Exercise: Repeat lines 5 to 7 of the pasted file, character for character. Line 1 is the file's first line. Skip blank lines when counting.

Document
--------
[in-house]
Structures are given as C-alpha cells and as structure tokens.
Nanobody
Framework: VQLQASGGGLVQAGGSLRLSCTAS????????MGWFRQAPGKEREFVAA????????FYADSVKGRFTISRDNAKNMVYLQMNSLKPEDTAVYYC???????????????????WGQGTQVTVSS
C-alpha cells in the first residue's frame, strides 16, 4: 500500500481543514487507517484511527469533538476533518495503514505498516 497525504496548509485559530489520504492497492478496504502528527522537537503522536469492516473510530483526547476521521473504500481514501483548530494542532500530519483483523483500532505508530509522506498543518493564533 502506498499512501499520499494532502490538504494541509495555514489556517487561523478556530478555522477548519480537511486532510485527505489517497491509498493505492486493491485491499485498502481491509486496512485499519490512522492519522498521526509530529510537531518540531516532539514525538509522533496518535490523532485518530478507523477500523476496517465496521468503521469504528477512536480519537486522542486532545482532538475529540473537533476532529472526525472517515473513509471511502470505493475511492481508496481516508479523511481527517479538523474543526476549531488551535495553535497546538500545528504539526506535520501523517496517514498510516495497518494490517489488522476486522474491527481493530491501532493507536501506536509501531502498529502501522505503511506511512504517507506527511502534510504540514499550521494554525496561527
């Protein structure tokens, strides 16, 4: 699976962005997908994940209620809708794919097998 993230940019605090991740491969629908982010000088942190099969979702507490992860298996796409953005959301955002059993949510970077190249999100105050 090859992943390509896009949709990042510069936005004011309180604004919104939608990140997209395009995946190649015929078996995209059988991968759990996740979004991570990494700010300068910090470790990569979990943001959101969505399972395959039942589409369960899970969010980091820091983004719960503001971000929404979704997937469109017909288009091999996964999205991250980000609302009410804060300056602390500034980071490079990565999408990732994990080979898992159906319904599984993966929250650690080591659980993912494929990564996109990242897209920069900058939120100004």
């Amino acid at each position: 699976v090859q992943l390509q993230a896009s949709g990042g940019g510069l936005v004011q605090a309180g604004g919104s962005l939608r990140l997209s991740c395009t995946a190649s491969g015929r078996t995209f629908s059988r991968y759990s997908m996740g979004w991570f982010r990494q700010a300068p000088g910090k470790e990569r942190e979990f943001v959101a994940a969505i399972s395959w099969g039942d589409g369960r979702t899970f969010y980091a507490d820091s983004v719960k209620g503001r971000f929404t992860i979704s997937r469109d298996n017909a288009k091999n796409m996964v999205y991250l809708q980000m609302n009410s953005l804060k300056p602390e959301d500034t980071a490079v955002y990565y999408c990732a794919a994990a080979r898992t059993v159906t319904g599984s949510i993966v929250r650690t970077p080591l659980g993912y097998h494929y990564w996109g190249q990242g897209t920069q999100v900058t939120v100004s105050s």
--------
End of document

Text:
C-alpha cells in the first residue's frame, strides 16, 4: 500500500481543514487507517484511527469533538476533518495503514505498516 497525504496548509485559530489520504492497492478496504502528527522537537503522536469492516473510530483526547476521521473504500481514501483548530494542532500530519483483523483500532505508530509522506498543518493564533 502506498499512501499520499494532502490538504494541509495555514489556517487561523478556530478555522477548519480537511486532510485527505489517497491509498493505492486493491485491499485498502481491509486496512485499519490512522492519522498521526509530529510537531518540531516532539514525538509522533496518535490523532485518530478507523477500523476496517465496521468503521469504528477512536480519537486522542486532545482532538475529540473537533476532529472526525472517515473513509471511502470505493475511492481508496481516508479523511481527517479538523474543526476549531488551535495553535497546538500545528504539526506535520501523517496517514498510516495497518494490517489488522476486522474491527481493530491501532493507536501506536509501531502498529502501522505503511506511512504517507506527511502534510504540514499550521494554525496561527
């Protein structure tokens, strides 16, 4: 699976962005997908994940209620809708794919097998 993230940019605090991740491969629908982010000088942190099969979702507490992860298996796409953005959301955002059993949510970077190249999100105050 090859992943390509896009949709990042510069936005004011309180604004919104939608990140997209395009995946190649015929078996995209059988991968759990996740979004991570990494700010300068910090470790990569979990943001959101969505399972395959039942589409369960899970969010980091820091983004719960503001971000929404979704997937469109017909288009091999996964999205991250980000609302009410804060300056602390500034980071490079990565999408990732994990080979898992159906319904599984993966929250650690080591659980993912494929990564996109990242897209920069900058939120100004």
């Amino acid at each position: 699976v090859q992943l390509q993230a896009s949709g990042g940019g510069l936005v004011q605090a309180g604004g919104s962005l939608r990140l997209s991740c395009t995946a190649s491969g015929r078996t995209f629908s059988r991968y759990s997908m996740g979004w991570f982010r990494q700010a300068p000088g910090k470790e990569r942190e979990f943001v959101a994940a969505i399972s395959w099969g039942d589409g369960r979702t899970f969010y980091a507490d820091s983004v719960k209620g503001r971000f929404t992860i979704s997937r469109d298996n017909a288009k091999n796409m996964v999205y991250l809708q980000m609302n009410s953005l804060k300056p602390e959301d500034t980071a490079v955002y990565y999408c990732a794919a994990a080979r898992t059993v159906t319904g599984s949510i993966v929250r650690t970077p080591l659980g993912y097998h494929y990564w996109g190249q990242g897209t920069q999100v900058t939120v100004s105050s």